Corn, Zea mays, which most of the world outside of the United States knows as maize, is one of the most useful cereal crops of the world. Today in the United States and much of the developed world, corn is mostly fed to animals. But historically in the United States corn was a major source of direct sustenance for humans as it still is today in much of the developing world .
To understand the open pollinated corn story we need a little corn botany and genetics lesson. Sorry, you may stop reading now and wait for the next post if this makes your hair ache. Corn is a monoecious plant. That is, it has separate male and female flowers on the same plant. The tassel is the pollen producing male flower and the ear with silk is the female flower. (See diagram link) Corn is wind pollinated and normally it is cross pollinated, that is, pollen from another plant pollinates the female flower on a given plant. This process of natural pollination by the wind resulting in cross pollination of individual plants is sometimes referred to as “open pollination”.
Until about 1930, all of the corn grown in the United States and elsewhere was from seed which had been produced by this process of open pollination. Individual open pollinated varieties of corn had a great deal of genetic variability. That is, although individual plants within a variety looked a lot alike and had similar growth characteristics, each plant actually was unique and had a slightly different mix of genes from every other plant. In the early twentieth century corn breeders discovered that if they developed two inbred lines of corn and then crossed (hybridized) them, the resulting seeds would produce plants that were more robust than either of the two parent plants, a phenomenon known as hybrid vigor. If the breeders produced many plants of the two inbred lines and crossed them, the resulting seed could be used to plant acres and acres of corn that was not only robust, but each plant was genetically exactly like every other plant. That meant the plants would all grow at the same rate, mature at the same time, and grow to be the same height, assuming similar environments. This was ideal for machine harvesting of corn. Furthermore, these hybrid varieties, as they were known, had surprisingly higher yields than the old open pollinated varieties from which they were derived. The harvest advantages and yield advantages combined made hybrid corn varieties very attractive for farmers, despite the fact that the seed was expensive and new seed had to be purchased each year (More on this in the next post). By 1950 nearly all of the field corn and sweet corn produced in the United States was hybrid corn, truly an agricultural revolution.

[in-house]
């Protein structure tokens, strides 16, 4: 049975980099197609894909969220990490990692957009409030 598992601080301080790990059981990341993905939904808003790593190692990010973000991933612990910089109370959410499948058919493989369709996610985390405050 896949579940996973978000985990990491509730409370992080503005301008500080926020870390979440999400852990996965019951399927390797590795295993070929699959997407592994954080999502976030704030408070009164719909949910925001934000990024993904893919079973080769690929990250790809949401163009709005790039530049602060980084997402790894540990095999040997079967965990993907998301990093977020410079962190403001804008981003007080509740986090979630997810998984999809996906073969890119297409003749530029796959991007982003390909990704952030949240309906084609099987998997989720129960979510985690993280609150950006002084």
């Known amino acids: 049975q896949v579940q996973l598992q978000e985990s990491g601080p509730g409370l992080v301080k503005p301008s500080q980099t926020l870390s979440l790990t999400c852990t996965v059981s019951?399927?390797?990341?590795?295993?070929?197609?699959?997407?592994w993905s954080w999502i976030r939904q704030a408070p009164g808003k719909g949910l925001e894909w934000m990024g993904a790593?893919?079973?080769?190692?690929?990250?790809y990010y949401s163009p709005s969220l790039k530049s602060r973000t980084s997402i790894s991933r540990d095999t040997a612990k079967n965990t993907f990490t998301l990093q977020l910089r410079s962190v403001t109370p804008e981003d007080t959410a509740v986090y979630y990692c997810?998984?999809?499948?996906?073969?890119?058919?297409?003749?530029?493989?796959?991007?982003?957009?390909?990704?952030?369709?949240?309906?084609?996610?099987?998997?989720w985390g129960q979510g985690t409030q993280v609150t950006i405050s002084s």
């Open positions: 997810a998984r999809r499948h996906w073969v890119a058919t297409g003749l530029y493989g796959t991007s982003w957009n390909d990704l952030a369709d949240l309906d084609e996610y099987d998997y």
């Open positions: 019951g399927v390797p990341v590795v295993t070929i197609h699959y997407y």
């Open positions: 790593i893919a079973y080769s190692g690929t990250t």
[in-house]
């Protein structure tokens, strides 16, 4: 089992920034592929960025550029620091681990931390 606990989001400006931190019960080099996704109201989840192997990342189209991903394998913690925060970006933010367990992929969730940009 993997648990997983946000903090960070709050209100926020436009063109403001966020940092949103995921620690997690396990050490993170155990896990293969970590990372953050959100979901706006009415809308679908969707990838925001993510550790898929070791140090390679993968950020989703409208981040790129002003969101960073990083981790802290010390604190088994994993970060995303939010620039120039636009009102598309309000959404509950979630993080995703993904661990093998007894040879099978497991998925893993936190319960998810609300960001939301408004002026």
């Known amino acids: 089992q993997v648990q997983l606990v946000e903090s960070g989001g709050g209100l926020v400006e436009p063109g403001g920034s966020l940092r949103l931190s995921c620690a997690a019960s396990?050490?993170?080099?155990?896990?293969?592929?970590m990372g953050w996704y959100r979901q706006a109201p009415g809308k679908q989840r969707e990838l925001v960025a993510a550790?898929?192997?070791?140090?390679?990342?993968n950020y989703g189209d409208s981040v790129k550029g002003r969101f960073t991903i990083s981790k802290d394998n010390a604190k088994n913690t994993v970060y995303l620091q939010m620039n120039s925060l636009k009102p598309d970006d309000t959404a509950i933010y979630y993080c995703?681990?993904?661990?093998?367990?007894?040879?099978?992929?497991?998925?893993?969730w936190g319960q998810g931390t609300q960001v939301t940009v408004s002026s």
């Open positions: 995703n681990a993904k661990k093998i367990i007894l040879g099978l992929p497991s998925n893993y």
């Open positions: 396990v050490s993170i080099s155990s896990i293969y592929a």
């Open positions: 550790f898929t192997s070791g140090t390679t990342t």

The production of hybrid seed was fairly simple in theory, but quite labor intensive in practice. Rows of male parent plants had to be planted next to rows of female parent plants. The tassel needed to be removed from the female plants to make sure that only the pollen from the selected male parent pollinated the female parents. Resulting seed was then harvested from only the female parents. To avoid damage to the female plants, the tassels had to be removed by hand. And the kicker was that this whole process had to be repeated every year as grain from a hybrid variety could not be saved and replanted the following year. Very quickly many high school students in the Midwest had a guaranteed summer job. All you had to be willing to do was walk up and down miles of corn rows in the hot sun removing tassels. - Herbivore Reed
Next: Why Hybrid Corn Seed Can’t Be Saved and Unintended Consequences
Corn Diagram Link:
To read more about the history of hybrid corn: